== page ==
Mexico's plastic industry has launched a counterattack against its detractors, including lawmakers who voted in March to ban the use of non-degradable plastic bags in Mexico City stores.
In the Federal District that encompasses the capital, store owners will face heavy fines and prison if they fail to replace polyethylene T-shirt bags and those available in rolls with bags made from degradable materials by 2010.
The industry fears that if the capital's ban is allowed to stand, officials in the other 31 Mexican states will follow, banning bags and other type of plastic packaging.
In a statement e-mailed to members Oct. 19, the national industry association Anipac (Asociacón Nacional de Industrias del Plastico AC) announced that it would launch a public relations campaign aimed at getting the Mexico City law modified.
The campaign began Oct. 21 and runs through Jan. 16.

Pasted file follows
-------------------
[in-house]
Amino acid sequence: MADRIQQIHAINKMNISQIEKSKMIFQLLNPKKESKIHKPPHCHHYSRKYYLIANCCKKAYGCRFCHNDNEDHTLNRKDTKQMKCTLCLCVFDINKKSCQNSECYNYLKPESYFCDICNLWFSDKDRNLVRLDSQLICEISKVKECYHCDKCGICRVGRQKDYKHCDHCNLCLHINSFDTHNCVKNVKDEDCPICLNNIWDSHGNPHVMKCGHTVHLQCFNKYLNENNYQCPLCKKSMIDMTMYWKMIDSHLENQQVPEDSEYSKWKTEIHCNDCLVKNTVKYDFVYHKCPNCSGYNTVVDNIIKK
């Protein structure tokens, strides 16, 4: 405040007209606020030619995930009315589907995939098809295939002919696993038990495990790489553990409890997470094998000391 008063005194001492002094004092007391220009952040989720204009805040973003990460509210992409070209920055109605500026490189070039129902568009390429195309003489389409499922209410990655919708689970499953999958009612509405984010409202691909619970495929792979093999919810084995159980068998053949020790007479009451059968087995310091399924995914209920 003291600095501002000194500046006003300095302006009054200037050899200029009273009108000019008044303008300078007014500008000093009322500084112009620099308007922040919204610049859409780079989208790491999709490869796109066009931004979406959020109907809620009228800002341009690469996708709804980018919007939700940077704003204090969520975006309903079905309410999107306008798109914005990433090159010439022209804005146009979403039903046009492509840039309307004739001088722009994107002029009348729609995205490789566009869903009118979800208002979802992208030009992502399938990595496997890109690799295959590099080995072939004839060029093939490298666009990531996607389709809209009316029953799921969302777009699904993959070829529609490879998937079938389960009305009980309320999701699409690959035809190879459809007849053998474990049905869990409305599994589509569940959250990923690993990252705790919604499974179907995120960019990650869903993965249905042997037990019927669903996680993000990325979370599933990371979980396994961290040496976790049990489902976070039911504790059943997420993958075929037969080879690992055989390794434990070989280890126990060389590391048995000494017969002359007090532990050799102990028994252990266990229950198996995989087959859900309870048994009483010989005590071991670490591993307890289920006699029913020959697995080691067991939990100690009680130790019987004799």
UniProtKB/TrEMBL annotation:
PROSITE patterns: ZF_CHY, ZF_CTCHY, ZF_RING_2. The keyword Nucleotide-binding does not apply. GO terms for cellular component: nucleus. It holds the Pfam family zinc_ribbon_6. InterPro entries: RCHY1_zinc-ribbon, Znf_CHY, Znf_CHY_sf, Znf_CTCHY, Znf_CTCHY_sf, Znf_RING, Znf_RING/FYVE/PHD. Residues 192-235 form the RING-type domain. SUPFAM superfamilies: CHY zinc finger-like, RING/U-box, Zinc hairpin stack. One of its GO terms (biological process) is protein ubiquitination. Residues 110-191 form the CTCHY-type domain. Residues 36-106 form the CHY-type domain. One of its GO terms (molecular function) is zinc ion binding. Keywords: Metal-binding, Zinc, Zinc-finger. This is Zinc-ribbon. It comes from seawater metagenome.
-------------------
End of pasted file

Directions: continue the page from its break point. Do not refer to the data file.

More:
Anipac said that recycling would solve all the problems caused by discarded plastic bags. The association added that only 1 percent of the 430,000 tons of plastic bags produced in Mexico annually is recycled, and Anipac criticized authorities for not enforcing laws on garbage separation.
Guillermo Salas, Anipac's president, said that Teknopellets SA de CV which claims to be Mexico's largest recycler of post-consumer and post-industrial low density polyethylene is importing waste material from Guat-emala because there are insufficient supplies available in Mex- ico.
It's incredible that a small country like Guatemala separates its rubbish and we in Mexico don't, Salas said.
Anipac is preparing a proposal for Mexico's environment and natural resources ministry that would result in hundreds of thousands of garbage collectors being incorporated into a national gar-bage separation initiative.
According to Alfredo LÃ³pez Machorro, Anipac's managing director, the city of San Luis Potosí which has a metropolitan area population of about 958,000 is the only large city in the country where household garbage collection is done by a private contractor and where, consequently, garbage is separated into recyclable items and non-recyclables.
According to Anipac, the plastic industry in Mexico is worth $25 billion per year and employs 150,000 directly and 800,000 indirectly. About 3,600 firms have $1.4 billion invested in the sector.
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